Dogs May Be Able To Feel Embarrassment Just Like You Do

If you own a dog or just spend a lot of time with them for whatever reason, then you probably know that sometimes their emotions can feel almost human-like. They get excited when they see something or someone they love, they get grumpy or angry when they’re hungry and they aren’t being fed, they get sad when the people they love leave them for a long period of time, they get bored when nothing is happening, and they get sullen when they’ve been scolded. But does this range of emotions extend to every emotion? Do dogs feel embarrassment like people do?

Anyone who really, really knows dogs might be inclined to say yes to that, but the truth is a little more complicated. As Canidae points out, researchers and scientists know that dogs can feel emotions like sadness, anxiety, empathy, and happiness. Embarrassment, however isn’t included on that list, and that’s because they don’t have a definitive answer about it. This is mainly because embarrassment is not the same type of emotion as the ones mentioned above — it’s a self-conscious emotion, one that is not processed automatically, but more complex because it requires self-evaluation and self-reflection. Because this kind of emotion is so complicated, it’s hard to study in a dog’s mind, and a lot of researchers will say they simply don’t know.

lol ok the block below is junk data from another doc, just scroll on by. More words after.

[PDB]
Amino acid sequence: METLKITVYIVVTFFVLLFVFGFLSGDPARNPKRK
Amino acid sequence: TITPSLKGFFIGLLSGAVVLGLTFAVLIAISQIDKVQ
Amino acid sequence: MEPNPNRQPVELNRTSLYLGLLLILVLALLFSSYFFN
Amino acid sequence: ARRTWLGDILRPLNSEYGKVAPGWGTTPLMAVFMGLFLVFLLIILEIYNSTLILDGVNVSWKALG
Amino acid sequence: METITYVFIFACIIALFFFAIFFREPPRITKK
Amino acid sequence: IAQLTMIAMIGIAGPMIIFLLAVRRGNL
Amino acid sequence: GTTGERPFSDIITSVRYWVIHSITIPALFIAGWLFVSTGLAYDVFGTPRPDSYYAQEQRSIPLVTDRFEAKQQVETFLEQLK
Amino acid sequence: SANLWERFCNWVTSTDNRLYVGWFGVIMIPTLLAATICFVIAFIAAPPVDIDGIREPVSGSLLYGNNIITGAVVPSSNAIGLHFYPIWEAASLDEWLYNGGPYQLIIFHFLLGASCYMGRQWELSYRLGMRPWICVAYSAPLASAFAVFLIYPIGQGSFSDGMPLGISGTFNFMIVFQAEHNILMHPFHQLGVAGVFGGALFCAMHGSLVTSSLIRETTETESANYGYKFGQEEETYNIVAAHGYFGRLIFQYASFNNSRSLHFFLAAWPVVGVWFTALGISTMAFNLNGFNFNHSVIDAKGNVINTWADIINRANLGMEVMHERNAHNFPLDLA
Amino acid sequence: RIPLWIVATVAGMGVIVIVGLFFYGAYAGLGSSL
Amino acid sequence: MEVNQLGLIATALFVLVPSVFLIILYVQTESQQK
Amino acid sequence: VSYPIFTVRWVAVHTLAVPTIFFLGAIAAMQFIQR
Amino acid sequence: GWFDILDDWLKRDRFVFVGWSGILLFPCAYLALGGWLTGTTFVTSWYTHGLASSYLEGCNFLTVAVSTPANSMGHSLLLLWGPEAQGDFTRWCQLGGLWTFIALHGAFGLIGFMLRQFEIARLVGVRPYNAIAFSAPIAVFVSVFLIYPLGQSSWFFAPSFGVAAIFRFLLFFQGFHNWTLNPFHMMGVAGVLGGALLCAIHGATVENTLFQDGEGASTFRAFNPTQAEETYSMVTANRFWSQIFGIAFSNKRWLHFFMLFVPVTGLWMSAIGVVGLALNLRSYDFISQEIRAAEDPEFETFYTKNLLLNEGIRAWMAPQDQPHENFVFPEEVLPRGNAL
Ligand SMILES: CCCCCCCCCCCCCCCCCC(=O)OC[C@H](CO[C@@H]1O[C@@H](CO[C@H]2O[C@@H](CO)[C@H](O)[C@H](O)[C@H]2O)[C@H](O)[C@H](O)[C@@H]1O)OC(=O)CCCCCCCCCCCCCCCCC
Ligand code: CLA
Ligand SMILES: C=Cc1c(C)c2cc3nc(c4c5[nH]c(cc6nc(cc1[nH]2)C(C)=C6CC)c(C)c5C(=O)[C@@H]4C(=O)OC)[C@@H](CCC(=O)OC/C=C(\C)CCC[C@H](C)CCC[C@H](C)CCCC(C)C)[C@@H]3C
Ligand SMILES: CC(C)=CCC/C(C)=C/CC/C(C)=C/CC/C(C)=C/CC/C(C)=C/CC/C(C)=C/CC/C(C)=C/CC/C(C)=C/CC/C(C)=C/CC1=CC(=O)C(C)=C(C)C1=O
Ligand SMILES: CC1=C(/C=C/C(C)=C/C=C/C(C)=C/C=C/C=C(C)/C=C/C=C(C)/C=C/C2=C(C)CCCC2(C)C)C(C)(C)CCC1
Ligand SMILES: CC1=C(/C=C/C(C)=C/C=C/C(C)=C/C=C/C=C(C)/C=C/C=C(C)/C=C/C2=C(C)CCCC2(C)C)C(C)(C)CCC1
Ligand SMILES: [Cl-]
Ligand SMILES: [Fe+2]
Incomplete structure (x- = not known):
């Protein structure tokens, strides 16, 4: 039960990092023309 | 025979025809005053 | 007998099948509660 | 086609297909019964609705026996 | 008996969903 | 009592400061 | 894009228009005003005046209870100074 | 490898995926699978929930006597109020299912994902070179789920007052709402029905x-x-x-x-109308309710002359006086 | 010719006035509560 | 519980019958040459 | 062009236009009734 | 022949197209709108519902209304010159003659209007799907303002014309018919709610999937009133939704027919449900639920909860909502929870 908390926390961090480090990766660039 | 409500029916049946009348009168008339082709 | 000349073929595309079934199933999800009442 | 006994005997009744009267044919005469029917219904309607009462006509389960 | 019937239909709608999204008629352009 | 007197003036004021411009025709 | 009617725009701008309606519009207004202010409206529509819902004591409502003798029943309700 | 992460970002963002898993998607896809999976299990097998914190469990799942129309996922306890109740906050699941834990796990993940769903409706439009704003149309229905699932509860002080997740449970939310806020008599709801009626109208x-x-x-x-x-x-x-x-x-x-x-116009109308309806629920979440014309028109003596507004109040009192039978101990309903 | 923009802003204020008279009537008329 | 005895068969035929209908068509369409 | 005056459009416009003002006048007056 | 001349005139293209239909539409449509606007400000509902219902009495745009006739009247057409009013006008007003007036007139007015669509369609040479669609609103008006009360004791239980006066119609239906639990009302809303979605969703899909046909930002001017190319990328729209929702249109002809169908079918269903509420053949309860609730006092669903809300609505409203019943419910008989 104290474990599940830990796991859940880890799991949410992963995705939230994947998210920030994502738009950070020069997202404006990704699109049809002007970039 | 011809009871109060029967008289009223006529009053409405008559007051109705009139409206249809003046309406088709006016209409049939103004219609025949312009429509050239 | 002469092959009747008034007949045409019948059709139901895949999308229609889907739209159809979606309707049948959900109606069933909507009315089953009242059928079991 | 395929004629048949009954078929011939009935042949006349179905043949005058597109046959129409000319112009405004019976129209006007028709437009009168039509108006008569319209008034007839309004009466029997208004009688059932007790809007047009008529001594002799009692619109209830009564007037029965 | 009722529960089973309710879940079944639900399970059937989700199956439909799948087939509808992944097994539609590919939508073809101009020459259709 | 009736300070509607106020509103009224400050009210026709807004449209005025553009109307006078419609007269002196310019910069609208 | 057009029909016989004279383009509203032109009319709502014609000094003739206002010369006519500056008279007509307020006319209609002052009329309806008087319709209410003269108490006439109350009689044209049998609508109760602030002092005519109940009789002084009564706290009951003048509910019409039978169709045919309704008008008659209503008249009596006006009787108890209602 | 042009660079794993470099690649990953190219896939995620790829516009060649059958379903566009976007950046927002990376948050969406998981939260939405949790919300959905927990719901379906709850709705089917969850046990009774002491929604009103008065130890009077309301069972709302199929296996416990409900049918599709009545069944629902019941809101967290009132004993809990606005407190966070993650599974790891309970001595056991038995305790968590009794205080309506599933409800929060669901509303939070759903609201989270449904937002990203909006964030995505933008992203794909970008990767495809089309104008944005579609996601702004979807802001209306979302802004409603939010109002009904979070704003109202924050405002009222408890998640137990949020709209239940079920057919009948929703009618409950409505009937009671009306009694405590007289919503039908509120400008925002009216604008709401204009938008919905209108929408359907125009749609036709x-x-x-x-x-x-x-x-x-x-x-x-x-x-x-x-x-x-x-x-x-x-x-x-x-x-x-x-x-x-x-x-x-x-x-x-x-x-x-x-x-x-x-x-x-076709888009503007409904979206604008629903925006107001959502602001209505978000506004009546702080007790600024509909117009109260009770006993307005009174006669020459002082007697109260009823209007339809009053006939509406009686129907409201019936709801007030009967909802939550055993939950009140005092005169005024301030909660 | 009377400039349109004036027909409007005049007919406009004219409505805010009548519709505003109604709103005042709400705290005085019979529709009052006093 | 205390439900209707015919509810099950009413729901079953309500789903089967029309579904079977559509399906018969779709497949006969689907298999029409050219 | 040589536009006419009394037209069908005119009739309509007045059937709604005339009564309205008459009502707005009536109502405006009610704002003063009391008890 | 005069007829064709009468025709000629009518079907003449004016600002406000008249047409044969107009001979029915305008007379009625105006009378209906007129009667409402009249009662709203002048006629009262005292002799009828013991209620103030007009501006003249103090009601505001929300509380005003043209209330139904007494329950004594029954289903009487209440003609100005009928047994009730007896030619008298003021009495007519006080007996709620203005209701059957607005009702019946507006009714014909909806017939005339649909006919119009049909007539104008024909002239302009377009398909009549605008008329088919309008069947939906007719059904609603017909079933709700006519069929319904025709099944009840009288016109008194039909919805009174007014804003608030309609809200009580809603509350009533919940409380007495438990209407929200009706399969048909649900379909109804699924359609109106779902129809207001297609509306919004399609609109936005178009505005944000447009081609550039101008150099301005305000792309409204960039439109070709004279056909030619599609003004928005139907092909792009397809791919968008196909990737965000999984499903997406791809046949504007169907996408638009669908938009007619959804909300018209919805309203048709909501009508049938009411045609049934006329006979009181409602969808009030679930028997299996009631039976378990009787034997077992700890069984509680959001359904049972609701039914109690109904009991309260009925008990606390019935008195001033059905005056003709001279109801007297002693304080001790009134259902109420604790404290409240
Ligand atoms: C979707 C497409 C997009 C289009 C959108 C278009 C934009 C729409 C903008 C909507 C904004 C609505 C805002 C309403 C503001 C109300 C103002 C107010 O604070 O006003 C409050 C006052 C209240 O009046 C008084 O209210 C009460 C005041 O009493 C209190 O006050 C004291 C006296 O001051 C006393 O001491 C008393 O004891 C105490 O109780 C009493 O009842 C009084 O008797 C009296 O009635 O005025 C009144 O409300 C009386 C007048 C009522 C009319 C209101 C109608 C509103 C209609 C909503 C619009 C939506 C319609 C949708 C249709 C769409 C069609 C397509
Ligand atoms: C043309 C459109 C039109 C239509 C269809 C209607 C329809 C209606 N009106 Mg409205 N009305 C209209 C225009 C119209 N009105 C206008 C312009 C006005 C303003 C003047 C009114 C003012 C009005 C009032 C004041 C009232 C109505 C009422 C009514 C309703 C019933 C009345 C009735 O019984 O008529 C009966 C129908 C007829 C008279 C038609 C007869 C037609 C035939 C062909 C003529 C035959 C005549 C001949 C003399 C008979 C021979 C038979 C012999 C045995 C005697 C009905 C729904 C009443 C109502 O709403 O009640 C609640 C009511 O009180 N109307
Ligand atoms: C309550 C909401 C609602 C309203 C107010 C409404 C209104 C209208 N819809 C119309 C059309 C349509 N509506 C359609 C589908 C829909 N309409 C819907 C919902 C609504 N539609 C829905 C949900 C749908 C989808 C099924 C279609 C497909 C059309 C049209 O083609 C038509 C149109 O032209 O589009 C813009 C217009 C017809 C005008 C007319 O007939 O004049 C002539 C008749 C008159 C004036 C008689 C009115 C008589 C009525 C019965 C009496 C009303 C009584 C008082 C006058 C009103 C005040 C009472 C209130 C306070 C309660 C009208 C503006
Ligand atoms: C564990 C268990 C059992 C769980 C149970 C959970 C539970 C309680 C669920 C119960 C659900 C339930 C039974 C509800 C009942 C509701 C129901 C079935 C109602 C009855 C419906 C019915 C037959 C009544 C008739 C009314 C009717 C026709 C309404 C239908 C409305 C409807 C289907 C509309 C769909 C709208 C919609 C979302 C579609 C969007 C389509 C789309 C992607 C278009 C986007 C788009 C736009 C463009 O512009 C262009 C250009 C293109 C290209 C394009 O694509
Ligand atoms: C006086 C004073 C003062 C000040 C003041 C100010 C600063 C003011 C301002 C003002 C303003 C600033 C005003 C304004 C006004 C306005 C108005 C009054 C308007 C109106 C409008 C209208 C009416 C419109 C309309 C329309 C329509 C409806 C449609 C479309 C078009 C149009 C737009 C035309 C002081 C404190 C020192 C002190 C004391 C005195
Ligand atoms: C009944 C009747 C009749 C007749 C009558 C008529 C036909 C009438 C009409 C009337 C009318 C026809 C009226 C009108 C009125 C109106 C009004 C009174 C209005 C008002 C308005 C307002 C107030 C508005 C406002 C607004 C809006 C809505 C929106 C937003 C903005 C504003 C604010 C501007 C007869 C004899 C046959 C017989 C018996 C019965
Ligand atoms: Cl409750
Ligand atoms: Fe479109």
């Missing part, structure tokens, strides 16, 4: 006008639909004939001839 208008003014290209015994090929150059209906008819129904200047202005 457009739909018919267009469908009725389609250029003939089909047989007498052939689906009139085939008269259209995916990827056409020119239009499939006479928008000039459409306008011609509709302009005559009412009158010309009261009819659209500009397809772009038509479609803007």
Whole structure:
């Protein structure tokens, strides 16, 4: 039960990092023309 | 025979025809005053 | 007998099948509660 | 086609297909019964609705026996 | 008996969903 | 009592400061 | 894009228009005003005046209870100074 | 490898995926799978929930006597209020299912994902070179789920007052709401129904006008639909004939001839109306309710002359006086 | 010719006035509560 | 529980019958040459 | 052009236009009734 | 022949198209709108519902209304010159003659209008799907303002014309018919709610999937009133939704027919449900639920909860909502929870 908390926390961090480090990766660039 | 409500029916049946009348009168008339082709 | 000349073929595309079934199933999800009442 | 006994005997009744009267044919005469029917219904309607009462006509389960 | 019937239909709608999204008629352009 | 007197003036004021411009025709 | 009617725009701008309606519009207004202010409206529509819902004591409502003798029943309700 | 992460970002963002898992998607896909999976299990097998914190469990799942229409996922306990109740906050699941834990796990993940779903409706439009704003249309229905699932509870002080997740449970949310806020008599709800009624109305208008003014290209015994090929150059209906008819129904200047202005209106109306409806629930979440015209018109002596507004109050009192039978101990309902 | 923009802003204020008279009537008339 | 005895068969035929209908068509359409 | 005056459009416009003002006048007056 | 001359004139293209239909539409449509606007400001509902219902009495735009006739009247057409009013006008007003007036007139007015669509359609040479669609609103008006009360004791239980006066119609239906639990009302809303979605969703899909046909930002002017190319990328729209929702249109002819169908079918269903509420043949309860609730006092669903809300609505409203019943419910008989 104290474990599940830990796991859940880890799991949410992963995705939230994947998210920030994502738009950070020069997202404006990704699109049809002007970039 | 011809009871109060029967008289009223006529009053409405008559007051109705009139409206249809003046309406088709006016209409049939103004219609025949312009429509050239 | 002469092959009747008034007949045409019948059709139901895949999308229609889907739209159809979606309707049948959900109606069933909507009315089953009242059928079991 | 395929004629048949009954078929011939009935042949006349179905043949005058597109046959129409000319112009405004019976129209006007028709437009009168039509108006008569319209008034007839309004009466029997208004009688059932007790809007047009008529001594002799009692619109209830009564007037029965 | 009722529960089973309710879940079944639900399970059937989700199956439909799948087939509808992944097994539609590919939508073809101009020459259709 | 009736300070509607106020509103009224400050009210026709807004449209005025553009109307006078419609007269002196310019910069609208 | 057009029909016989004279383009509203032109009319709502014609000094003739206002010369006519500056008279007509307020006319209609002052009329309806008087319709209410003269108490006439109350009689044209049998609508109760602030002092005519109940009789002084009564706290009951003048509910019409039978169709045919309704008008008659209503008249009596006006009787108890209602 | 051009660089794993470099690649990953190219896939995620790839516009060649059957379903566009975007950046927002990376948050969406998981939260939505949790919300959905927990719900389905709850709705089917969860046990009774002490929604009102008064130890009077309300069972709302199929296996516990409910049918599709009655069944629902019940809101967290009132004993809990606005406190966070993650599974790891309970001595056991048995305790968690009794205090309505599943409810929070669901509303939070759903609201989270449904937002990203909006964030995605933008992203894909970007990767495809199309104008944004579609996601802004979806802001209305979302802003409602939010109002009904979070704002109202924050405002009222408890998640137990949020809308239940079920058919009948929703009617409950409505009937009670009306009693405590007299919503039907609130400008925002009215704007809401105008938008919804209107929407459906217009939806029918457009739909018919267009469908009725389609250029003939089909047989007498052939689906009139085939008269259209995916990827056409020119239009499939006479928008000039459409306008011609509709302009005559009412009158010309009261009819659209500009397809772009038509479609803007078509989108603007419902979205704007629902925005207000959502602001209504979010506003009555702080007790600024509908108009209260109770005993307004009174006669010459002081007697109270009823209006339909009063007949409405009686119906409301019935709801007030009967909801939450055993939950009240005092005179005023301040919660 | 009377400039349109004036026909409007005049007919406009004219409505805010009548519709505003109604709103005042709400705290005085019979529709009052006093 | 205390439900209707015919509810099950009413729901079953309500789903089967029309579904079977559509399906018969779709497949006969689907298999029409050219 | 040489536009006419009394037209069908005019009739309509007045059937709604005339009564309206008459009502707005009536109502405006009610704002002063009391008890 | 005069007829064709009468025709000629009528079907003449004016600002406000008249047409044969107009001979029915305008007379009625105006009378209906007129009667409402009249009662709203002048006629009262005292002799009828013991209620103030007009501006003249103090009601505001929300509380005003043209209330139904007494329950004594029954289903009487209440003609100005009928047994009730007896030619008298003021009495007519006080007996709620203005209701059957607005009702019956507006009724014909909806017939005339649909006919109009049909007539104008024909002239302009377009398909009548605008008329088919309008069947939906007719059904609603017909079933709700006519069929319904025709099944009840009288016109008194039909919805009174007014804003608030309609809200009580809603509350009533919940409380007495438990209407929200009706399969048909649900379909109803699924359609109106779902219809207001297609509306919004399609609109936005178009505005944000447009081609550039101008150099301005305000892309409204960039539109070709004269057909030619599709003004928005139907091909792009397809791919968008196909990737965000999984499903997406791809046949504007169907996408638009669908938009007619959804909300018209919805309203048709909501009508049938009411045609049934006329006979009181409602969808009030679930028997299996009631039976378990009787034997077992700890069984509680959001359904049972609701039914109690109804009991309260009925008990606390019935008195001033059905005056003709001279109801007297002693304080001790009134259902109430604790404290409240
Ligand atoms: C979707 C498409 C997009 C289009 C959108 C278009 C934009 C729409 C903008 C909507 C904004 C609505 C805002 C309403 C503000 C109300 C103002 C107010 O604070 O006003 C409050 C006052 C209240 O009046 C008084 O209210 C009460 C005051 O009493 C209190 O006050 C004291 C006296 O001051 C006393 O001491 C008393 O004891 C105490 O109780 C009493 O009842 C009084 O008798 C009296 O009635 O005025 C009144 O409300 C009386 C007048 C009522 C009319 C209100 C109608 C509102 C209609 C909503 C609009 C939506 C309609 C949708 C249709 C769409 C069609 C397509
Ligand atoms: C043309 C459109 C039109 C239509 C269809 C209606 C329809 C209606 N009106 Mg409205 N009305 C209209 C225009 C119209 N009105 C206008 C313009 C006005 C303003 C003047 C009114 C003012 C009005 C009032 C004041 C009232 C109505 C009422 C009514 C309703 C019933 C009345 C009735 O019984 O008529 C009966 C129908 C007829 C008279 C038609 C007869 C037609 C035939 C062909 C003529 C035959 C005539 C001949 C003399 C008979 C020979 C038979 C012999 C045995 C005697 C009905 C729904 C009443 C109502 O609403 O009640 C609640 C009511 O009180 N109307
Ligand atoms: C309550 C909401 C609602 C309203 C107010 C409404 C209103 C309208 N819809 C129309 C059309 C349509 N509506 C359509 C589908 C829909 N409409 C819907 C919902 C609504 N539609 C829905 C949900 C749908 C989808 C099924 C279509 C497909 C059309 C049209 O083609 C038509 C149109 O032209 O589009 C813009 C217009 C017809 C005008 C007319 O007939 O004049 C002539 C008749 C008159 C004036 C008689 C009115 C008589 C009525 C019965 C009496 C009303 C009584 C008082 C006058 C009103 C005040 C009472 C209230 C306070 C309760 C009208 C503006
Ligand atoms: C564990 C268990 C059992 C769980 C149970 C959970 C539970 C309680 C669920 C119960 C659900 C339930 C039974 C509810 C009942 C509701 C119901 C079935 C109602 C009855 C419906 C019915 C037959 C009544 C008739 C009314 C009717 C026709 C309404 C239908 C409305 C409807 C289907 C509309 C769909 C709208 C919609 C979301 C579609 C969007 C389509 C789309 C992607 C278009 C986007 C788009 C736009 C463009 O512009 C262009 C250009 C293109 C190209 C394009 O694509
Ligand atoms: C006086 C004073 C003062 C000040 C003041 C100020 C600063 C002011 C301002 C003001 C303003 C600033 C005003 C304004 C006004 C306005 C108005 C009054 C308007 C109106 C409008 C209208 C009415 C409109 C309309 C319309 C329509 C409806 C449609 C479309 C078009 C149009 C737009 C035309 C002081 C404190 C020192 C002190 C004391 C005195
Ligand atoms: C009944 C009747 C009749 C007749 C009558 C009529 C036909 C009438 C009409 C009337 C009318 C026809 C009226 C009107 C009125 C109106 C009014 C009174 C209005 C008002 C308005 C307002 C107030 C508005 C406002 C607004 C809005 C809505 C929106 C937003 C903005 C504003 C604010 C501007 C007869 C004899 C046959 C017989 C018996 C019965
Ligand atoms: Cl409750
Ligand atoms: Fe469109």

Still, others feel that they already know that dogs do, in fact, feel embarrassment. Pet Health Network points out that Dr. Marc Bekoff, a former professor of ecology and evolutionary biology at the University of Colorado and author of The Emotional Lives of Animals, feels that dogs do experience feelings of "embarrassment, shyness, and humiliation." Neurobiologist Dr. Frederick Range at the University of Vienna also believes that, and says his studies prove it.

Others believe that while we might not know if dogs definitely feel embarrassment, they do feel emotions that are at least similar to it. Wag Walking says, "Because we can’t just ask our pets if they’re embarrassed, we can only go off of subtle behavior cues to try to determine how they feel." They claim that signs of doggie embarrassment include submissive behavior, like tucking their tails, cowering, or hiding.

Still, many other researchers have come to one conclusion: we just don’t know yet. Molly Sumridge, a certified dog behavior consultant and trainer and founder of Kindred Companions in Frenchtown, NJ, told Pet Health, "I don’t think we’re there yet, scientifically or behaviorally. Too often, broad assumptions are made about complex emotions, when it’s really not that simple." Sumridge added that labeling dog emotions without knowing for sure what they are can actually complicate your relationship with the dog. She warns against anthropomorphizing, which is applying human emotions to an animal because of the way we understand the world.

At the end of the day, researchers feel that while dogs may be capable of complex emotions, we simply don’t know what they are yet. There is so much scientists don’t know about a dog’s brain, so this is something that could very well get confirmed in the near future. It’s entirely possible that they just haven’t figured out how to confirm embarrassment. Maybe one day we’ll know for sure!

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